On Thursday, of all days, I called customer service. A man picked up. He spoke to me in what seemed like South Asian-accented English, but as usual, I didn’t ask him where he was, even when he said my name almost flawlessly. I generally don’t ask customer service representatives where they are. Sometimes it’s because I think that question would put them on the defensive; sometimes it’s just because I’m in a rush. On Thursday, I was in a rush. Why would I want to connect with another human? I’m BUSY. Um, right. What Vivek might call Badmoodistan. But even though I was Unfriendlyananthan, he was not. And he was the first customer-service representative I’ve ever spoken to who asked me where I was from.
HIM: Are you from Tamil Nadu? [notable tone of excitement]
ME: [taken aback by unwarranted kindness] No, my parents are Sri Lankan. Where are you?
HIM: I’m in Mumbai, but I’m from the South.
HIM: Well, madam, except for your accent, anyone would say you are an Indian.
ME: [laughs] Yeah, I was born in America.
And then: Lucky girl! he said. And suddenly, I was not in Badmoodistan any more.
I know that he’s right–I am a lucky girl. But America! America! Sometimes you have crappy sitcoms. He was so nice in that second that I wished (again!) for a different Ellis Island for mainstream humor involving desis. O television, we are your huddled masses, yearning to breathe free. Please grant actual funny people, who write about real characters, some humor visas!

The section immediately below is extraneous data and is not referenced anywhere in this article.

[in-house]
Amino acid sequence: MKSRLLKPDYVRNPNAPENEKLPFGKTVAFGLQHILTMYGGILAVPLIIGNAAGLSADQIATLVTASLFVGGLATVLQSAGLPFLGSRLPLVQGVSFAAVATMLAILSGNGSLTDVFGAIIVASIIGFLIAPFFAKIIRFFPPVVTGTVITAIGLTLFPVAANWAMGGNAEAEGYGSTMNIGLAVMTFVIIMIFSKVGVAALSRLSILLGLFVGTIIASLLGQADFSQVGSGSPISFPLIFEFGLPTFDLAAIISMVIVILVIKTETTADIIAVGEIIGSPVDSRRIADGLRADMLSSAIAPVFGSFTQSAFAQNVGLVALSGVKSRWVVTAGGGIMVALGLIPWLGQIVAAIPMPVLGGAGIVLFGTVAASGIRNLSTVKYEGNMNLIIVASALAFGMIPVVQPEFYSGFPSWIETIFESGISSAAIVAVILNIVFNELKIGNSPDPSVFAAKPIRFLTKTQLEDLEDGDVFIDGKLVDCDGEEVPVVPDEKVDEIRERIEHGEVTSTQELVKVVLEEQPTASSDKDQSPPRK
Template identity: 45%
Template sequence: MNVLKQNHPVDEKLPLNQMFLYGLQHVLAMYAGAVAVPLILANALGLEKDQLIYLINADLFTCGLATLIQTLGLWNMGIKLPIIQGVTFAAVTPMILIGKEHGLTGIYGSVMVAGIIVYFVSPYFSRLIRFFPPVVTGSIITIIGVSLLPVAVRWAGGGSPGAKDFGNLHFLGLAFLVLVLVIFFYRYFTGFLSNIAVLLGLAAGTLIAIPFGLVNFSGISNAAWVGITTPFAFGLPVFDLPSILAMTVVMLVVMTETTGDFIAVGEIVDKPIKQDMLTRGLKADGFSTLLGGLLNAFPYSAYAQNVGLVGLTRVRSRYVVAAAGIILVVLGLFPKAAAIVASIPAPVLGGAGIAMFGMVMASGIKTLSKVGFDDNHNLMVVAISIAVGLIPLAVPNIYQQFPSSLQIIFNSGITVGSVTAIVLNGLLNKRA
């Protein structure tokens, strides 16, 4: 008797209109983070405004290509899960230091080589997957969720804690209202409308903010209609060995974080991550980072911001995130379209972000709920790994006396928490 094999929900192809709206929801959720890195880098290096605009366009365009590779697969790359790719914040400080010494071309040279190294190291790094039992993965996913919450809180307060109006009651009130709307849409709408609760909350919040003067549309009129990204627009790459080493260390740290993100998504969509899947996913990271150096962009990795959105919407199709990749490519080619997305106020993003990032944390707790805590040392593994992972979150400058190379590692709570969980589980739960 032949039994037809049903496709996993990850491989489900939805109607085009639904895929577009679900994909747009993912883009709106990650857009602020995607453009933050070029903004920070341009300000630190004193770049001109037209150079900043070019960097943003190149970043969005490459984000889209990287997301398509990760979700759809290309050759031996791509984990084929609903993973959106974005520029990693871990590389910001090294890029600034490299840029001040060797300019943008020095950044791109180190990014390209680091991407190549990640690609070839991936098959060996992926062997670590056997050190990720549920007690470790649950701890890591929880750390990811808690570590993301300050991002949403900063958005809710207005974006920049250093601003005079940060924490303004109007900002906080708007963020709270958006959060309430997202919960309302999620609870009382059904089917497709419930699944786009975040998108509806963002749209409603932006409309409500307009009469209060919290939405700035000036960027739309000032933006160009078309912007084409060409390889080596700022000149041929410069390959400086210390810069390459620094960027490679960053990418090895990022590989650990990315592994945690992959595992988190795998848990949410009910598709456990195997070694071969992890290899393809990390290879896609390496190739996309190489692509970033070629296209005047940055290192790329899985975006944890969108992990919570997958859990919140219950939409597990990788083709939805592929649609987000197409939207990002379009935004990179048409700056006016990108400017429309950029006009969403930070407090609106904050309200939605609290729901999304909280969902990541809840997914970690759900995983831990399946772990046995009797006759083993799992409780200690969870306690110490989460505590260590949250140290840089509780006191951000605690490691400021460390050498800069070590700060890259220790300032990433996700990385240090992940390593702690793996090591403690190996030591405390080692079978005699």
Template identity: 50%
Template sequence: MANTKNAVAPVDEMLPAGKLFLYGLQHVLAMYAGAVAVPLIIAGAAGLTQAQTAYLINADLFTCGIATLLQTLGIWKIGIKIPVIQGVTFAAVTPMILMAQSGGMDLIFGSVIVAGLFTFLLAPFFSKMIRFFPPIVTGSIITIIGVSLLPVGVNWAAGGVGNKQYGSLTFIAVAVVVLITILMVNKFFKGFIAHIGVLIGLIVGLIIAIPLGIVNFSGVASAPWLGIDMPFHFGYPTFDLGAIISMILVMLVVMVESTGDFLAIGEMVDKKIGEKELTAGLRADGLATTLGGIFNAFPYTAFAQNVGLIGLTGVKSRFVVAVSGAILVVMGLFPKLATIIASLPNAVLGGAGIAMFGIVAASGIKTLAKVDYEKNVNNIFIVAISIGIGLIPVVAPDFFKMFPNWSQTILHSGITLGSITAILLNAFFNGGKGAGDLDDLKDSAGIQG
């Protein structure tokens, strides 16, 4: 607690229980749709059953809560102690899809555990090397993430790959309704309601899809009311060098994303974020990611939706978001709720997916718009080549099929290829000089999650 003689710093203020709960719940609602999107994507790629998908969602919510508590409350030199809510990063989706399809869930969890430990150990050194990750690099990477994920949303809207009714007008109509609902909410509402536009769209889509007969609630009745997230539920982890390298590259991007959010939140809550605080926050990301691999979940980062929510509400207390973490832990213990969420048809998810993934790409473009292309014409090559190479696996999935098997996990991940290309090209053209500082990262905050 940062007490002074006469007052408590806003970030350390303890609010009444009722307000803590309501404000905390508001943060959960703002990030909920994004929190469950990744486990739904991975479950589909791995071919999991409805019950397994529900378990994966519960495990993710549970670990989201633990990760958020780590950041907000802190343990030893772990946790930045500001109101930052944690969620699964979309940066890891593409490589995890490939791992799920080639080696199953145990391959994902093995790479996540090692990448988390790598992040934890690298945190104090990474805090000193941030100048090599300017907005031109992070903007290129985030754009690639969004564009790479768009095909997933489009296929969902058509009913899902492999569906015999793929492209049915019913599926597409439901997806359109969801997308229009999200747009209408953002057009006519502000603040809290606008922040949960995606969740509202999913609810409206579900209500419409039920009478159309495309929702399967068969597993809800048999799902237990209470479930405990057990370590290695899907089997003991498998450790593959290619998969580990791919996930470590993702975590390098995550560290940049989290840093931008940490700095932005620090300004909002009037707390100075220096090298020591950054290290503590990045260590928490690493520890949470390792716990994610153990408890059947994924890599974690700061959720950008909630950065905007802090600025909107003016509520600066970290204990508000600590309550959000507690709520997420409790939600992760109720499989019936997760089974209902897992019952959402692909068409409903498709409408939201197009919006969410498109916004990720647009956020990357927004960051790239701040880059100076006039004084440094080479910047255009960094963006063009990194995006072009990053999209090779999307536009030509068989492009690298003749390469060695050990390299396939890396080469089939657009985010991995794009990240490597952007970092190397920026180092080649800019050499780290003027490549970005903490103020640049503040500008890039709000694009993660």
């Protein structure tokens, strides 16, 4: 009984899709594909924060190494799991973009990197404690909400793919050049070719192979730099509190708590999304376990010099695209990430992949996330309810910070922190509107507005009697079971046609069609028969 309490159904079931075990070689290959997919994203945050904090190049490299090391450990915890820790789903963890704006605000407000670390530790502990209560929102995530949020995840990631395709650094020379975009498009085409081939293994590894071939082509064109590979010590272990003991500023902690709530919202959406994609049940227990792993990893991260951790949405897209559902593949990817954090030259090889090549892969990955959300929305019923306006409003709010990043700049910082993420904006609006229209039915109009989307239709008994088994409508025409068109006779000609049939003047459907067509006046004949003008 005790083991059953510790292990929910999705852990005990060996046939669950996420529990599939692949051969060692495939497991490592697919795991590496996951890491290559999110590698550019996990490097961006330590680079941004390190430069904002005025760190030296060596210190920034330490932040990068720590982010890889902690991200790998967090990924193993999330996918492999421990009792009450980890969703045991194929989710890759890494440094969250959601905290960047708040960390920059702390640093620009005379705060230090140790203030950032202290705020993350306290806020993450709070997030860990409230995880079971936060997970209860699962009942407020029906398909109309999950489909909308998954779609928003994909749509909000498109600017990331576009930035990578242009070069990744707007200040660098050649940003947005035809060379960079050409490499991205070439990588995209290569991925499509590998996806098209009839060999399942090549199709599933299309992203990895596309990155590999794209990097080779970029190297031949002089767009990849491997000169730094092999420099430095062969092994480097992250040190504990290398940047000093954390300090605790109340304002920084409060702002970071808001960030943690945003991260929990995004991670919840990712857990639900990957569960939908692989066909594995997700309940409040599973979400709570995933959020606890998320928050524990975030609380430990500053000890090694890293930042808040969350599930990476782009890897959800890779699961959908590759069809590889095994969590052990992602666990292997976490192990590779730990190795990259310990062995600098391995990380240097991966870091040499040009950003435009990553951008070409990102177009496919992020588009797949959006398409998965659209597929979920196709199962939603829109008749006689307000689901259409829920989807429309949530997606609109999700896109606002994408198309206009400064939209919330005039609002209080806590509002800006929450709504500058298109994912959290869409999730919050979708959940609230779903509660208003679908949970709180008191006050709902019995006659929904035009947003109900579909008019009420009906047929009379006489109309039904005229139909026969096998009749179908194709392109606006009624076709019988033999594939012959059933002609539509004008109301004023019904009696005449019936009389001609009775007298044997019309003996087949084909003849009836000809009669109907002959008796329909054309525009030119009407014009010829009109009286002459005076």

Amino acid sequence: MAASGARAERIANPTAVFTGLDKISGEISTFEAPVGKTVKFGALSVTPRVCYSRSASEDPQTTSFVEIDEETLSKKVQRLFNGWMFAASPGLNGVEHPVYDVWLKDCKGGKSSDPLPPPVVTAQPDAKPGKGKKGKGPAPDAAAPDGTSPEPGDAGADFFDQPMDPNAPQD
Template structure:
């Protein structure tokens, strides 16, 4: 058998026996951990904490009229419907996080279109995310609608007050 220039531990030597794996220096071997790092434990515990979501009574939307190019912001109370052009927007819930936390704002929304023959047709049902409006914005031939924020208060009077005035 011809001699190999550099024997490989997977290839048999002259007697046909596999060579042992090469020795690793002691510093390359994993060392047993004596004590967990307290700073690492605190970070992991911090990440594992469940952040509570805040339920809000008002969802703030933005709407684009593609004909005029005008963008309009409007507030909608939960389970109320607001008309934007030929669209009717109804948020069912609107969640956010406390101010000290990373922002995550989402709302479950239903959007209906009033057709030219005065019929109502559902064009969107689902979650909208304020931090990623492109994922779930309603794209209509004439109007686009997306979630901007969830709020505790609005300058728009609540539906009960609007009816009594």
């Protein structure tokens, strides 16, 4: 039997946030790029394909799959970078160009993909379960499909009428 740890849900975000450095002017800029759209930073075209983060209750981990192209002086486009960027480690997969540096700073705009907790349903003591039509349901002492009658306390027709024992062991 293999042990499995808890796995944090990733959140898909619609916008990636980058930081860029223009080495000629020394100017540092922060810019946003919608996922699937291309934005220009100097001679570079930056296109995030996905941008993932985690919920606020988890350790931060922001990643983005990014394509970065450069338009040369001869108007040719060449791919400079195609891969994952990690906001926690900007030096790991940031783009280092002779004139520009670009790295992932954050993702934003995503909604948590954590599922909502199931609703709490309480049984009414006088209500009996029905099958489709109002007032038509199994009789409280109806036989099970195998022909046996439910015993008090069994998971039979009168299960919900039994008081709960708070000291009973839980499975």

By most accounts, Outsourced was so unfunny and badly written, Joel Stein might have been watching. (I guess Vinod didn’t dislike this as much I did, but Heems certainly did.) I was put off by the clips I saw, and didn’t watch on Thursday; I watched on Hulu before writing this post, because I figured it was only fair. My original decision was the right one. This isn’t quite “stomach-sick that I’ve hurt so many people” territory, but for the love of Pete, when did the bar get so low?
Did you watch Outsourced? Can you rewrite a scene, a moment or a character to make it better? Or can you pitch a premise for a different show? Your characters don’t have to be spokespersons, or stereotypes, or politically correct. They just have to be funny. As the Sepia Mutiny comment box says, “it’s all good then.”
(I already thought of the one about a bunch of desi bloggers and their readers, who all live in different places (globe-scattered, dare I say?), and convene yearly in a bunker in North Dakota. So that one’s out. ;))
Please, Outsourced, get better or get canceled. In the spirit of kindness, I’ll root for the former.